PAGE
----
We’ve talked in past Talkin’ Trash posts about the how to’s of recycling, but just what happens to the things we put in recycling? Locally, most recyclables go the Lincoln County Recycling (LCR) Plant in Wiscasset. Pemaquid Watershed Association’s Environmental Actions steering committee had an informative tour of the facility last summer. LCR is the oldest municipal recycling program in New England, taking in recyclables from approximately 28 towns in and around Lincoln County who have joined in the cooperative recycling effort.
After sorting and bailing, the goods are sold to various companies, many of them here in Maine, who then further move or process the items. Although prices and availabilities may change where the recyclables end up, typically glass goes to a recycling facility in Lisbon Falls. Mixed paper and newsprint goes to Fairfield, and some of it may be shipped to China. Cardboard goes to Canada. LCR no longer deals with eWaste. It is instead collected by North Coast Services headquartered in Portsmouth, NH, but with consolidation points in Bangor and Scarborough.
Recycling is important, both in terms of cost savings for municipalities and lowering the impact on the environment of the waste we produce. Yet according to a report on “The State of Municipal Solid Waste in Maine” by the Environmental Policy Group in the Environmental Studies Department at Colby College, in 2012 Maine generated over 1.3 million tons of municipal solid waste (MSW) but only 39.46% of the waste was recycled and composted. In addition, 40% of landfilled waste was compostable. In 1989, the Maine legislature mandated that Maine reach a recycling rate of 50% within 20 years. That target has yet to be reached; clearly, we Mainers need to do better.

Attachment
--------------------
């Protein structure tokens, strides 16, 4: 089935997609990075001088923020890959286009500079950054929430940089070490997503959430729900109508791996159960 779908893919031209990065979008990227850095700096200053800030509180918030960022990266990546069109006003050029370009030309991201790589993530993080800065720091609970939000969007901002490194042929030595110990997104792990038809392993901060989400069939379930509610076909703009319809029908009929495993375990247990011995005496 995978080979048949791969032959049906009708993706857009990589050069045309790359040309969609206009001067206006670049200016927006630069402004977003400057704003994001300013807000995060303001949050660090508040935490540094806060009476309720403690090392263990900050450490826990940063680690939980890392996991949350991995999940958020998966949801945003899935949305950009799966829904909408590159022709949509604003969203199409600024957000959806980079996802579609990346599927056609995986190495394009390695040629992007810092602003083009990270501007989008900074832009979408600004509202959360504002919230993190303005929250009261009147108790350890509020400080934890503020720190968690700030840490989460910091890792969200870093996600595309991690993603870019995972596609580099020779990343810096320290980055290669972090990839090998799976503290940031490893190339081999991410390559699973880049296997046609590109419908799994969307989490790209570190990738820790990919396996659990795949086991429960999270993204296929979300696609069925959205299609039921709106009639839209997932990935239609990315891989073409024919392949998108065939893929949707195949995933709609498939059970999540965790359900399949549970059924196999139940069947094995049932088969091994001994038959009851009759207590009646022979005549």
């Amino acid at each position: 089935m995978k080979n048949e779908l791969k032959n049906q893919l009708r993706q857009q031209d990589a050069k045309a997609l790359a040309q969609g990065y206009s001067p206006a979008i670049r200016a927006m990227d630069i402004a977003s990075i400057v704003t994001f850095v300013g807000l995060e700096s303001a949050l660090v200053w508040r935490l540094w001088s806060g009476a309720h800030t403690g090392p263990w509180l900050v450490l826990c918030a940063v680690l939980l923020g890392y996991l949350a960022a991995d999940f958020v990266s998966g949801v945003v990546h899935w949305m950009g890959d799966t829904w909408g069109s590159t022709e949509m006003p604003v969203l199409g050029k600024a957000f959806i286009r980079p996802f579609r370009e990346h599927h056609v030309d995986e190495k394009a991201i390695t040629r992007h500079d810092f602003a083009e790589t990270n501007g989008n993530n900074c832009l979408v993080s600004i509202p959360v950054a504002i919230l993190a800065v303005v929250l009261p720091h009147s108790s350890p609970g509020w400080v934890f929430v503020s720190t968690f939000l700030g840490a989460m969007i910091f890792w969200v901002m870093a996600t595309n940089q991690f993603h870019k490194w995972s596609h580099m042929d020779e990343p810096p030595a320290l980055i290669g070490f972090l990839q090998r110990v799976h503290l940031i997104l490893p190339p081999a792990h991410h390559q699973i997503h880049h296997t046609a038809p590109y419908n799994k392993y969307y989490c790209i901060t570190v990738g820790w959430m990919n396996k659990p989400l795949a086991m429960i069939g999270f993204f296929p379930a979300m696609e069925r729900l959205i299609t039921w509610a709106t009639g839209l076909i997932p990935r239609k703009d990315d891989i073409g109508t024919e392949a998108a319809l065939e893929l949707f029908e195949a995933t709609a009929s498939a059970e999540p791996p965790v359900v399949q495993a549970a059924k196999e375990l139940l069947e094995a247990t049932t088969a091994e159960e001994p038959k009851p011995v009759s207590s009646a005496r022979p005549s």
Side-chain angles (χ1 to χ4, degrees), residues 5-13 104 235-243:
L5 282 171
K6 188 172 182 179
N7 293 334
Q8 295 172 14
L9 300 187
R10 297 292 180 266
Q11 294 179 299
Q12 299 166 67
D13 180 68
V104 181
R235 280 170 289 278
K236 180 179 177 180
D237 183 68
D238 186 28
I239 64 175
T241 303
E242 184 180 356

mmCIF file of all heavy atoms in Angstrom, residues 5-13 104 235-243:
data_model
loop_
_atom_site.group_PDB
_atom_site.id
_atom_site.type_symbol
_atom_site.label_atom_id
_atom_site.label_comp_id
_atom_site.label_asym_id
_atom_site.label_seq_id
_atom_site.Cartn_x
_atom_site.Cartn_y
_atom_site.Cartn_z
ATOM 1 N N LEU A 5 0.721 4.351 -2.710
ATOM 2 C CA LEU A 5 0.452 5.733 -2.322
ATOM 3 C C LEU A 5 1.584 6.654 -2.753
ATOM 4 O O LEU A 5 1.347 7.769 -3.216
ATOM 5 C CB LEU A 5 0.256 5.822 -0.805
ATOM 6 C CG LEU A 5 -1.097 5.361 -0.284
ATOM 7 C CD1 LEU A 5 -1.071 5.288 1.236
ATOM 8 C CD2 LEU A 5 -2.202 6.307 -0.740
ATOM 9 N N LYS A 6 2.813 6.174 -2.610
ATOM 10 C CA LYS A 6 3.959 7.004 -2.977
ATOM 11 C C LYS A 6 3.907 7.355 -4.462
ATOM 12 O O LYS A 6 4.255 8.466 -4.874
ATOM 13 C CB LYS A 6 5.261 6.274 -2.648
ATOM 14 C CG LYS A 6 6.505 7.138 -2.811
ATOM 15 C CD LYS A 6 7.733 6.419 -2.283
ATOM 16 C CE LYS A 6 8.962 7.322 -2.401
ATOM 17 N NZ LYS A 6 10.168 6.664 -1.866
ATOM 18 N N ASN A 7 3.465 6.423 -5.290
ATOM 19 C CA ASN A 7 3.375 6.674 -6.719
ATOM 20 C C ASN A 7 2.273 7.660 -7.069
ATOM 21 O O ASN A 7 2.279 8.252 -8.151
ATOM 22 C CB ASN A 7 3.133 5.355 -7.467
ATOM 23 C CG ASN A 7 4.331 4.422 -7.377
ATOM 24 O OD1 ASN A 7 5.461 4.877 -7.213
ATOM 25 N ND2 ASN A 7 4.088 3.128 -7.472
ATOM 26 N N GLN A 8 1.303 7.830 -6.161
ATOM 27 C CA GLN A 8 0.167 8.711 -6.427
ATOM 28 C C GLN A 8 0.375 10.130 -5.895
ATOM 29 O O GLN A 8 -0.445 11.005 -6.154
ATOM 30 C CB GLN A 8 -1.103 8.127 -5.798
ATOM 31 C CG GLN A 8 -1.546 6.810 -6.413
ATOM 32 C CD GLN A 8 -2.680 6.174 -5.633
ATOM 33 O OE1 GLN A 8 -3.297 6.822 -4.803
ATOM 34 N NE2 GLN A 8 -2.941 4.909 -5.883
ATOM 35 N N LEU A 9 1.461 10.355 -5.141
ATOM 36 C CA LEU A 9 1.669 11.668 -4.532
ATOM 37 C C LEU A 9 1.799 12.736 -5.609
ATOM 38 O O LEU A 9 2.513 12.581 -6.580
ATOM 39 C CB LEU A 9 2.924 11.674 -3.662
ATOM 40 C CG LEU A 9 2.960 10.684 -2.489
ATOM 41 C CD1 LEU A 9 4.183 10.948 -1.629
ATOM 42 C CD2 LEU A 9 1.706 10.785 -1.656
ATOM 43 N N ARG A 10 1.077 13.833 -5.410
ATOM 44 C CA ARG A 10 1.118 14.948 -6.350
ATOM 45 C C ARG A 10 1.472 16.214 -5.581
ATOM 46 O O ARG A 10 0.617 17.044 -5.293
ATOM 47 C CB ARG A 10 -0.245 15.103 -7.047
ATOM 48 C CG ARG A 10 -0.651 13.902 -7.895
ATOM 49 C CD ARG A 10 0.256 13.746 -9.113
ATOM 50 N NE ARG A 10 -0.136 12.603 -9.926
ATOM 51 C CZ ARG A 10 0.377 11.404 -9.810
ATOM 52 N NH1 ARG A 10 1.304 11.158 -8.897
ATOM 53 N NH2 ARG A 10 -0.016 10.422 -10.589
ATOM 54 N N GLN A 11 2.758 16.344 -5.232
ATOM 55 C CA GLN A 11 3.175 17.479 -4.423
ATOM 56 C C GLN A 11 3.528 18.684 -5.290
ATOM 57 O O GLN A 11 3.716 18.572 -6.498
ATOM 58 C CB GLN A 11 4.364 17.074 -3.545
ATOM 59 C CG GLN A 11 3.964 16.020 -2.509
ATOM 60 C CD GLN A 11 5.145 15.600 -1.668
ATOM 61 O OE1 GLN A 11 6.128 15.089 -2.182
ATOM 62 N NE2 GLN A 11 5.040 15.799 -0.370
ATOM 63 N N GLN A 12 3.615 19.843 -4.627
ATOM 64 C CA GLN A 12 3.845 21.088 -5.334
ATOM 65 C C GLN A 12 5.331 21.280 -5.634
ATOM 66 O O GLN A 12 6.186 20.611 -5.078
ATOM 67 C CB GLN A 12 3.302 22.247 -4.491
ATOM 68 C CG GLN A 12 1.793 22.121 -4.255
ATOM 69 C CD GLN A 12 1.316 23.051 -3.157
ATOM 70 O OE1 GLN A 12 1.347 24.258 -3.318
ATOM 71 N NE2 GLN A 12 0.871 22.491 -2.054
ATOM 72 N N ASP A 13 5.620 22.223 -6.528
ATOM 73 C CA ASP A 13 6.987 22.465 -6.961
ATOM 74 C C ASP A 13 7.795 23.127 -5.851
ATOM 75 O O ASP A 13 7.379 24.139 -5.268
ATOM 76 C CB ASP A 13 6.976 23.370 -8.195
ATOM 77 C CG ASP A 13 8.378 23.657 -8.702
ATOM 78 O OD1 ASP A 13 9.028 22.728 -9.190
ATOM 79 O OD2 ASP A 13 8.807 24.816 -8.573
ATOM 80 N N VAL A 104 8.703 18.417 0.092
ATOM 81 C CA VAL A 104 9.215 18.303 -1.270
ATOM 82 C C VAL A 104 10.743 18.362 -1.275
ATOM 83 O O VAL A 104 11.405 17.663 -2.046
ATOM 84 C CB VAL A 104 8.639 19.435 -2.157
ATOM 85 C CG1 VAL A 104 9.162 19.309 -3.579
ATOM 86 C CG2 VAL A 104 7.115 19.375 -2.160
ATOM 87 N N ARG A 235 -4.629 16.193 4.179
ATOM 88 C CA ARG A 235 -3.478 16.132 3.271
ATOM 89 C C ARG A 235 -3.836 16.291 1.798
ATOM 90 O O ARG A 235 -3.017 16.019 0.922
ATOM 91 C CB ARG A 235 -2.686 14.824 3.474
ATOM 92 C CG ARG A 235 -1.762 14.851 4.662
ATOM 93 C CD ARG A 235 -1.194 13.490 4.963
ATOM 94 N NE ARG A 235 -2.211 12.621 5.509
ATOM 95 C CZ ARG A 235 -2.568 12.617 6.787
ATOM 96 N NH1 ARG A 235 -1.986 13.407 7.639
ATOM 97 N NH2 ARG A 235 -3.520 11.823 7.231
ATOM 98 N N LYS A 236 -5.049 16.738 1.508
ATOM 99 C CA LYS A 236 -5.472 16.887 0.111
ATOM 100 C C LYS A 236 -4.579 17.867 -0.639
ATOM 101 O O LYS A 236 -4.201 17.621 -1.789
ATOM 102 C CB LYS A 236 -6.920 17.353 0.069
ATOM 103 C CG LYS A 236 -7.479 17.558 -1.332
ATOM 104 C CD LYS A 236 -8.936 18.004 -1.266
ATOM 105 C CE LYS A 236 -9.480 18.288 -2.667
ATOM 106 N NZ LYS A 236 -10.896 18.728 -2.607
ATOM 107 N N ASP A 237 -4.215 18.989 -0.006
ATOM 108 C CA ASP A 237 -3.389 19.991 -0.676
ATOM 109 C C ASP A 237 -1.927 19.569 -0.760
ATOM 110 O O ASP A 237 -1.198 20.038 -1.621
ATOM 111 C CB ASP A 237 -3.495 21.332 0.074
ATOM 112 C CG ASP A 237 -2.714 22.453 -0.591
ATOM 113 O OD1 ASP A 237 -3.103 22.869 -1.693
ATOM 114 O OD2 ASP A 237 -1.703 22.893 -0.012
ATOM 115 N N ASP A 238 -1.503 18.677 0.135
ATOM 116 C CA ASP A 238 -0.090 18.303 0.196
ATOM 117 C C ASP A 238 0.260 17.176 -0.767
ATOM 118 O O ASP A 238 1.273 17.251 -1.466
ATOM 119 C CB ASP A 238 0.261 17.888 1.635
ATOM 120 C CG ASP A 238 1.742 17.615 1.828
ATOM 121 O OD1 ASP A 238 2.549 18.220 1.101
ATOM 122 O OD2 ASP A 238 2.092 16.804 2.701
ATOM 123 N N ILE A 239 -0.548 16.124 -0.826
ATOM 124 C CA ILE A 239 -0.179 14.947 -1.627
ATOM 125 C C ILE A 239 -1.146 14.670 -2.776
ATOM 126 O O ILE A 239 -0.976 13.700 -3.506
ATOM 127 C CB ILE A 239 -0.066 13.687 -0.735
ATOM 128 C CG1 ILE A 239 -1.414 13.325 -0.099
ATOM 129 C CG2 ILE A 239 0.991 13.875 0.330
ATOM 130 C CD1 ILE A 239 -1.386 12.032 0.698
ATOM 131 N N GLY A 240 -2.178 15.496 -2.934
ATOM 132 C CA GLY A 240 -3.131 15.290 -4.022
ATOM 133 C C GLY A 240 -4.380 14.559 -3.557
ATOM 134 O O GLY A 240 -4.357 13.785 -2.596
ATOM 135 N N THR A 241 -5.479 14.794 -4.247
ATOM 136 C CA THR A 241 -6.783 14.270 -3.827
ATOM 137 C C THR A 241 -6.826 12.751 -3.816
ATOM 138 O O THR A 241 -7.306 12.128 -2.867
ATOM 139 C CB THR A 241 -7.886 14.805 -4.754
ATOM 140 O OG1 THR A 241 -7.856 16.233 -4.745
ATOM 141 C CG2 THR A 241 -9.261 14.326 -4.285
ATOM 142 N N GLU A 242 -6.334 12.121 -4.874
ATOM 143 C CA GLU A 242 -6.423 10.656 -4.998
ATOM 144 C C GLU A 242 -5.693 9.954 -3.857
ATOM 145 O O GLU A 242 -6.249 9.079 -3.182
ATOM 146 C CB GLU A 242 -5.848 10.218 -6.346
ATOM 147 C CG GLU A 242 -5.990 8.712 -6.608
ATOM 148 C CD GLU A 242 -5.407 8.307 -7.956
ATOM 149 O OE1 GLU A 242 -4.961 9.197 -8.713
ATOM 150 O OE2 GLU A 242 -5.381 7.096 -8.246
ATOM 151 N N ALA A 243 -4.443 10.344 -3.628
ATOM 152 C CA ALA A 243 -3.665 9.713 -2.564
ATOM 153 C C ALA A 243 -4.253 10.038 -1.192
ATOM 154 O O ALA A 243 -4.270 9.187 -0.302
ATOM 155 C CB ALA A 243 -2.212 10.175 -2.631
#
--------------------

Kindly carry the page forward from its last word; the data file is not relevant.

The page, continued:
Compostable materials are hefty and cost a lot to be buried in a landfill. For those without space or inclination to do their own composting, there is a handy solution. Regular compostable items can be taken directly to the Lincoln County Recycling Plant at 54 Huntoon Hill Road in Wiscasset. Or, in the case of those who use the Nobleboro/Jefferson or Waldoboro Transfer Stations, there are large dedicated barrels in which to dump your food scraps (no meat or dairy); these then go to LCR.
LCR mixes the compostables it collects with manure, leaves and grass clippings, turns it regularly and then screens it all. This produces a rich, clean compost perfect for any garden. This compost is available at the LCR plant for a bargain price of $25 per yard.
I’ll end with a timely note that, for those who use the Nobleboro/Jefferson or Waldoboro Transfer Stations, there will be a Household Hazardous Waste Collection Day from 9:00 a.m. to 1:00 p.m. on Saturday, October 10, at Nobleboro Central School. Mark your calendar!